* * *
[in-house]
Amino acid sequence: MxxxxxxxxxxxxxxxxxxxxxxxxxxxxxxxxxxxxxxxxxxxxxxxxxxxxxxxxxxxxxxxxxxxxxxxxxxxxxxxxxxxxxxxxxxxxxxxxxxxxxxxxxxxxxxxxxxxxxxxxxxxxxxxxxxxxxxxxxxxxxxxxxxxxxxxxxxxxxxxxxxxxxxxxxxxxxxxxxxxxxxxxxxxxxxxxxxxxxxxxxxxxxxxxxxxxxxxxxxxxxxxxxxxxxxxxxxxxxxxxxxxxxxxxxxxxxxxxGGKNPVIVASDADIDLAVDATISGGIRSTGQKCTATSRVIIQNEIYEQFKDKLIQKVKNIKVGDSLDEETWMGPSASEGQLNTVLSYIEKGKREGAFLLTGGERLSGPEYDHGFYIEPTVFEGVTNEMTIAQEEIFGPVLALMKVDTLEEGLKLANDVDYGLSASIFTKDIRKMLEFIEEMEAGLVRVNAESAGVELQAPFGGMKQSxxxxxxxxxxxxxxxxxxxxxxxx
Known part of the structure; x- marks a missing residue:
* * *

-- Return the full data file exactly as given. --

[in-house]
Amino acid sequence: MxxxxxxxxxxxxxxxxxxxxxxxxxxxxxxxxxxxxxxxxxxxxxxxxxxxxxxxxxxxxxxxxxxxxxxxxxxxxxxxxxxxxxxxxxxxxxxxxxxxxxxxxxxxxxxxxxxxxxxxxxxxxxxxxxxxxxxxxxxxxxxxxxxxxxxxxxxxxxxxxxxxxxxxxxxxxxxxxxxxxxxxxxxxxxxxxxxxxxxxxxxxxxxxxxxxxxxxxxxxxxxxxxxxxxxxxxxxxxxxxxxxxxxxxxxxxxxxxGGKNPVIVASDADIDLAVDATISGGIRSTGQKCTATSRVIIQNEIYEQFKDKLIQKVKNIKVGDSLDEETWMGPSASEGQLNTVLSYIEKGKREGAFLLTGGERLSGPEYDHGFYIEPTVFEGVTNEMTIAQEEIFGPVLALMKVDTLEEGLKLANDVDYGLSASIFTKDIRKMLEFIEEMEAGLVRVNAESAGVELQAPFGGMKQSxxxxxxxxxxxxxxxxxxxxxxxx
Known part of the structure; x- marks a missing residue: